Here's what made Robert Mueller so angry

Here's what made Robert Mueller so angry
Robert Mueller/Screengrab
Robert Mueller/Screengrab

The Republican message from the Senate Judiciary Committee hearing on the Mueller report, featuring Attorney General Bill Barr, was perfectly blunt: Forget that any of this ever happened -- unless and until we can figure out how to blame Hillary Clinton.


All of those "conservative" worthies including the chief law enforcement officer of the United States insist that the report doesn't mean what it plainly says, and that Donald Trump did nothing wrong. So move along -- now.

The flaw in their bluster is that Mueller, author of the aforementioned report, appears less inclined to go along with such fictions than they had expected. A prosecutor of ramrod integrity with a lifetime of service to his country, the former Marine and FBI director is also advertised as a strict adherent to chain of command, which, in this case, could have meant simply keeping quiet as officials up the chain spun, dissembled and buried his investigative findings. After all, he had watched silently as Barr deceived members of Congress about their dispute in congressional hearings on April 9 and April 20.

Unfortunately for Barr's fellow Republicans, however, Mueller's integrity overcame his conformity -- as we now know from the angry letter he sent to Barr on March 27. Released the day of the Senate Judiciary hearing, that letter firmly rebuked the attorney general for his unrelenting efforts to pre-spin the report's findings in ways that affirmed President Trump's "no collusion, no obstruction" self-exoneration.

Brazenly, Barr claimed Mueller offered no complaints about the accuracy of his infamous four-page summary of the report. He further claimed that what truly upset Mueller was not Barr's inaccurate and truncated description of Mueller's findings but the media coverage. He said Mueller told him so in a phone call on March 28, the day Barr received the letter.

"Bob, what's with the letter?" Barr recalled asking Mueller in that conversation. "Why don't you just pick up the phone and call me if there's an issue?" The answer to that disingenuous question is obvious.

Mueller knew by then that his old colleague Barr would lie -- so he set down his "issues" on paper to make a record. What's with the letter? Mueller filed his 448-page report because the story of Russia's incursion into our political system, the Trump campaign's cooperation with that incursion and the conspiracy to prevent its exposure are both complex and critically important. He believes Americans with a limited attention span and an aversion to reading long legal documents should understand what he uncovered. He fears that the spin applied to his findings by Barr, even before the lengthy report's release, twisted the story into its opposite.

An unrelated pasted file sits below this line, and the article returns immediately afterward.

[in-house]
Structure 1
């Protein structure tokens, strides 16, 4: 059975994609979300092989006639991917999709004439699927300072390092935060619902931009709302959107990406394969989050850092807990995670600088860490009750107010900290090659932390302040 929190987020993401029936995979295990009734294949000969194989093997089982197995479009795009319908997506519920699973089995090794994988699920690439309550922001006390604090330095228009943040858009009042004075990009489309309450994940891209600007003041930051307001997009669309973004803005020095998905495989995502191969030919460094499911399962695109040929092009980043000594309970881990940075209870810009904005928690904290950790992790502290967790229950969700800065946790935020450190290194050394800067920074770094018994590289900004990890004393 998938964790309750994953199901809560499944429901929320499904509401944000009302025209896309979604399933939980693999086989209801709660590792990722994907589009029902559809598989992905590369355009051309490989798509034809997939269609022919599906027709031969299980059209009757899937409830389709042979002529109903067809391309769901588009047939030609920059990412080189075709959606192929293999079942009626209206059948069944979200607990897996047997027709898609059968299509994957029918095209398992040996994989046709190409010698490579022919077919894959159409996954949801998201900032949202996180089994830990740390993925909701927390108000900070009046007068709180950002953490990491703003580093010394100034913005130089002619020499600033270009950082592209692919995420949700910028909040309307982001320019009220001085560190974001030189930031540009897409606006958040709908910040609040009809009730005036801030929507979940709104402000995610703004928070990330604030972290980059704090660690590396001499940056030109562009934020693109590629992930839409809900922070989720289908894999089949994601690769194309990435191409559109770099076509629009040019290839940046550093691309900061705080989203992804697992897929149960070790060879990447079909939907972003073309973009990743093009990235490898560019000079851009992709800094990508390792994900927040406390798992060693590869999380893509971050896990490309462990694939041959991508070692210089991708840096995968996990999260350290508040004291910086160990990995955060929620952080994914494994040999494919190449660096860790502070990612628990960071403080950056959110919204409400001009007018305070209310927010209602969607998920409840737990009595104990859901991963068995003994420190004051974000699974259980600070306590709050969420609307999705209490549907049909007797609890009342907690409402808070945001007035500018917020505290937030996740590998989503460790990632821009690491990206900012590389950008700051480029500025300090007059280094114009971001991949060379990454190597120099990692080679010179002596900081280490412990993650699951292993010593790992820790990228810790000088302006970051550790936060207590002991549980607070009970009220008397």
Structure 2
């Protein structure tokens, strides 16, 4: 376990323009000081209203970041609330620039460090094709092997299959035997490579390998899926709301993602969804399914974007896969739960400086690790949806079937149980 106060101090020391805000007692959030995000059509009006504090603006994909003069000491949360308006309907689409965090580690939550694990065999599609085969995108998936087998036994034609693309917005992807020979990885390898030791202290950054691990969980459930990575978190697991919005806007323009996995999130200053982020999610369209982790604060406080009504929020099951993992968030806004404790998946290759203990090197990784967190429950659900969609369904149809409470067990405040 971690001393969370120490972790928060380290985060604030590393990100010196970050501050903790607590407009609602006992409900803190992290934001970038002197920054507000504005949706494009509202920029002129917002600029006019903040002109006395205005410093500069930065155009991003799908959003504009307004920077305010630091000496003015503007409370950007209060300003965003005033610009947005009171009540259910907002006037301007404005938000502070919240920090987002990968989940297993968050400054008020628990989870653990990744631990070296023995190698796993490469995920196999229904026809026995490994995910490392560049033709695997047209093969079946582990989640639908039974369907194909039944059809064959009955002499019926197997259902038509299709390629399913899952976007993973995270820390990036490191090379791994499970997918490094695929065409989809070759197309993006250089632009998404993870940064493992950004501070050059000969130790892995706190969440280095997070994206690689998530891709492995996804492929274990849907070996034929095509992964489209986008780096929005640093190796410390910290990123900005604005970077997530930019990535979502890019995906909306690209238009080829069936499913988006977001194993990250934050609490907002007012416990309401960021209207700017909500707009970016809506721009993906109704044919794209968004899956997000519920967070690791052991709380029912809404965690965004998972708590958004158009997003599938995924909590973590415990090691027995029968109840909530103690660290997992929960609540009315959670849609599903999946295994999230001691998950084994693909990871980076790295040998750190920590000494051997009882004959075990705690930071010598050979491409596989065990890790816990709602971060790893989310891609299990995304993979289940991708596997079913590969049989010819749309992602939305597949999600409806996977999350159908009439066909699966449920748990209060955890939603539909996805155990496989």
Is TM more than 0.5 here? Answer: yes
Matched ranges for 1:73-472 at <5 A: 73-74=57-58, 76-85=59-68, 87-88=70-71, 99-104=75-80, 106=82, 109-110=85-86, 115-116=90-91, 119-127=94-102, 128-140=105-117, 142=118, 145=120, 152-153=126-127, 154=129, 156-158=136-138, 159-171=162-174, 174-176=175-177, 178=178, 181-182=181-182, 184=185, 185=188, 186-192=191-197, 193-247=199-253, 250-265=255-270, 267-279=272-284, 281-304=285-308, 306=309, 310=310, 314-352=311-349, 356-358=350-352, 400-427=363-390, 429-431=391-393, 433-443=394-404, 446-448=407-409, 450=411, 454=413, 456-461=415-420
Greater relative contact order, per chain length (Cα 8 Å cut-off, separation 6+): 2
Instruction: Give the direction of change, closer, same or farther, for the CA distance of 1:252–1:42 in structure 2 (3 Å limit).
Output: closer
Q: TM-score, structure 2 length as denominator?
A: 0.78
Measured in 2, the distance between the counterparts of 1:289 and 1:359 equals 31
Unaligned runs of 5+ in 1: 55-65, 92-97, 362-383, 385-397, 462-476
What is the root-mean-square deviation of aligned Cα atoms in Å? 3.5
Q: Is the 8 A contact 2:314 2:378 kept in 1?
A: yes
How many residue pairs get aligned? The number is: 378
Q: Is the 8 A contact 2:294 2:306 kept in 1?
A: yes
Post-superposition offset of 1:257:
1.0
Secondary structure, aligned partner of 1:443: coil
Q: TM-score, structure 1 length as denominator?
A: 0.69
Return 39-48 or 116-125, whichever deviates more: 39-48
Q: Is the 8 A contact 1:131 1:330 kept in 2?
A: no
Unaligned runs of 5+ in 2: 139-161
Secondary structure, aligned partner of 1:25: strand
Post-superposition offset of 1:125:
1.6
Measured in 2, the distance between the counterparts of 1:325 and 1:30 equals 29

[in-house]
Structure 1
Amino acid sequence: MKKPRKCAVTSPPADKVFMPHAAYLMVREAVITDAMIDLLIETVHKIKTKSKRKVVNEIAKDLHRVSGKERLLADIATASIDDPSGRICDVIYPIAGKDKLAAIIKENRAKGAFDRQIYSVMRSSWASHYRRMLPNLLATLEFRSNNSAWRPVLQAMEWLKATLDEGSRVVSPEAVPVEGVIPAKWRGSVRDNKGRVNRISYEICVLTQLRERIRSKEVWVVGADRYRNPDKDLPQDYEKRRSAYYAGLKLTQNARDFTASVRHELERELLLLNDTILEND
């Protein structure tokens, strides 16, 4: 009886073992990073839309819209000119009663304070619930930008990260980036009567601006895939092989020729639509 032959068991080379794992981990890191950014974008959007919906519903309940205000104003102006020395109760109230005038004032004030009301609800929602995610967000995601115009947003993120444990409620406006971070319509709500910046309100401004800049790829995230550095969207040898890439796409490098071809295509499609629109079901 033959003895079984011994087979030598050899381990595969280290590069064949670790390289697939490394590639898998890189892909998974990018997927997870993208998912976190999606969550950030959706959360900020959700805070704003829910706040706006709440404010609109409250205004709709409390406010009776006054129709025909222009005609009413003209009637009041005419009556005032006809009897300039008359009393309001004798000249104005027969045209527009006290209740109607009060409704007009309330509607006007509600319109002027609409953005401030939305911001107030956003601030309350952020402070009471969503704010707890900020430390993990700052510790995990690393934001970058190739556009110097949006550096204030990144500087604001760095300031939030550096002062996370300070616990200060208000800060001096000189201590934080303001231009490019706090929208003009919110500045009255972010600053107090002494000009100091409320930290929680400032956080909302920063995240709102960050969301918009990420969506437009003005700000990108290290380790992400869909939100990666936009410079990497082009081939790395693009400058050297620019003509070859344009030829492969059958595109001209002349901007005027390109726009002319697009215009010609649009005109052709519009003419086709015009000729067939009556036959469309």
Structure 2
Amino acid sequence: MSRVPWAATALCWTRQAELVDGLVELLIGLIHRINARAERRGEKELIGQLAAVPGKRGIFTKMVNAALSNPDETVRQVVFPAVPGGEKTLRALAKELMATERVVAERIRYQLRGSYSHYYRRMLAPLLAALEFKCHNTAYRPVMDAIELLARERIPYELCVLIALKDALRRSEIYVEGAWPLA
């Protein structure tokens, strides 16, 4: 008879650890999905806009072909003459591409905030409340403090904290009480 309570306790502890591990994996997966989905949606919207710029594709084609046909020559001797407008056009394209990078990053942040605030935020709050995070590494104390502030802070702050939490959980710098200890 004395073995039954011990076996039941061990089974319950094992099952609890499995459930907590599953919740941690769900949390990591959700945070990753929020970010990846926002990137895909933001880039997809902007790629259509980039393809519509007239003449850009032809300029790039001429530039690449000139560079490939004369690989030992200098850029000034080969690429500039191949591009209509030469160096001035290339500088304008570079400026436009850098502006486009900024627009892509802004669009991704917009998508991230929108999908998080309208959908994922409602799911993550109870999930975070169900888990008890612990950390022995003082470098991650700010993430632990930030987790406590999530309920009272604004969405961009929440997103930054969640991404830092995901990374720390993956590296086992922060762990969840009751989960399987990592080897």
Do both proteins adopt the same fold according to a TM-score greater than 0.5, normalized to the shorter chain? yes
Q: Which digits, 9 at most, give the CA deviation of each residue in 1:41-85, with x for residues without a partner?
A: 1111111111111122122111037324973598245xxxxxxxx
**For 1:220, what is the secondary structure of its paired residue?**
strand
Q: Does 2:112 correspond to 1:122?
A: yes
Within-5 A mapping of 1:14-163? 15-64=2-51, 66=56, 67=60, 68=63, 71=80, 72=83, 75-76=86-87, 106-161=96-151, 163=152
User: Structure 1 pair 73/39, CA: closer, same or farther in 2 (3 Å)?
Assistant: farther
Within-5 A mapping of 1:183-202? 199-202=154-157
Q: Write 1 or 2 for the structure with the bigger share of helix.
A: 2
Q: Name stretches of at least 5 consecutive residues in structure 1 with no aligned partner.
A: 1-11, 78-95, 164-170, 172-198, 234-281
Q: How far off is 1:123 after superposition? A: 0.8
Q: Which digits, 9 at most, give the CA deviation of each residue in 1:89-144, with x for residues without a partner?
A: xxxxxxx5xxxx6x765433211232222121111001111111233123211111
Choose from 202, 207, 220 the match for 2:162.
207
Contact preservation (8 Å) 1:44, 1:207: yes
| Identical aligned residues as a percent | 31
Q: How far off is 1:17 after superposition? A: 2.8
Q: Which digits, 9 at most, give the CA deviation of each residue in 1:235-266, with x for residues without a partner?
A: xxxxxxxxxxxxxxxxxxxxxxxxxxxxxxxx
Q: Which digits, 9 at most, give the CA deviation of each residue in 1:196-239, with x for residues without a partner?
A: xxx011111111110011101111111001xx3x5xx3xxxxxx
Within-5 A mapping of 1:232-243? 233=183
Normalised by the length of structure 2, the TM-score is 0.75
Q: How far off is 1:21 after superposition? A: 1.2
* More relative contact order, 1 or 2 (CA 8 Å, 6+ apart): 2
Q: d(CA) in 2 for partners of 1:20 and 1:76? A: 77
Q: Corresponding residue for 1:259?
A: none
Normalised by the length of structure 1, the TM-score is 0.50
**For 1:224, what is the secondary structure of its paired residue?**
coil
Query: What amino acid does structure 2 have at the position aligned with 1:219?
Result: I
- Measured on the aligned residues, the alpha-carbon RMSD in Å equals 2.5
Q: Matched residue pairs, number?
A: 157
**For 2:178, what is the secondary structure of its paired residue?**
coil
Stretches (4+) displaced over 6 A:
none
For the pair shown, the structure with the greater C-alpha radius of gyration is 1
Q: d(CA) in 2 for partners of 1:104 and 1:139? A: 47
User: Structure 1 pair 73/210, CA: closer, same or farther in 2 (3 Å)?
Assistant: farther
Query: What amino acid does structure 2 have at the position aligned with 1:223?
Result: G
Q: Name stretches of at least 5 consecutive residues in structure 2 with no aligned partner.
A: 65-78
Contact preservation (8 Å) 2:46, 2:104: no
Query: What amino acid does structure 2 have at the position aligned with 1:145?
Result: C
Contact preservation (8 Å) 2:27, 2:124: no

And that made Mueller mad.

Sooner or later, someone will find a way to convey the report's actual facts and conclusions to Americans in a comprehensible form. Maybe a movie or a comic book (or an impeachment hearing) would work. Then, despite the incessant spinning by Trump, Barr and their craven servants in Congress, people may understand that the absence of a criminal indictment does not exonerate Trump at all. If it had, Mueller would have had no reason to publish hundreds of pages of evidence describing the shady, unethical and unpatriotic conduct of the Trump campaign, all the way from George Papadopoulos and Roger Stone to the president himself.

People may also come to understand that Trump's effort to conceal his campaign's collusion with the Russians was at least a partial success. We still don't know why campaign manager Paul Manafort gave sensitive internal polling data to a former employee identified as a G.R.U. intelligence asset in August 2016 -- because Manafort stopped cooperating with Mueller after Trump's lawyers promised he would be "taken care of." He is now in prison awaiting his reward, a presidential pardon.

And people may eventually realize that were Trump not president -- as Mueller explained clearly -- he would be subject to indictment for that instance of obstruction and several others. A telling moment in Wednesday's hearing came when Sen. Richard Blumenthal, D-Conn., displayed a chart that showed four episodes when Trump's actions, according to Mueller, met all three criteria for criminal obstruction. It was one of several moments when Barr, caught in one of his biggest lies, simply didn't respond.

But this attorney general, a hollow instrument of a criminal president, may yet do worse. He stuttered and finally refused to answer when Sen. Kamala Harris asked whether any White House official, including Trump, has asked him to "open an investigation of anyone." After less than three months in office, he should resign or be impeached. Consider it a practice session before the big show.

To find out more about Joe Conason and read features by other Creators Syndicate writers and cartoonists, visit the Creators Syndicate website at www.creators.com. COPYRIGHT 2019 CREATORS.COM

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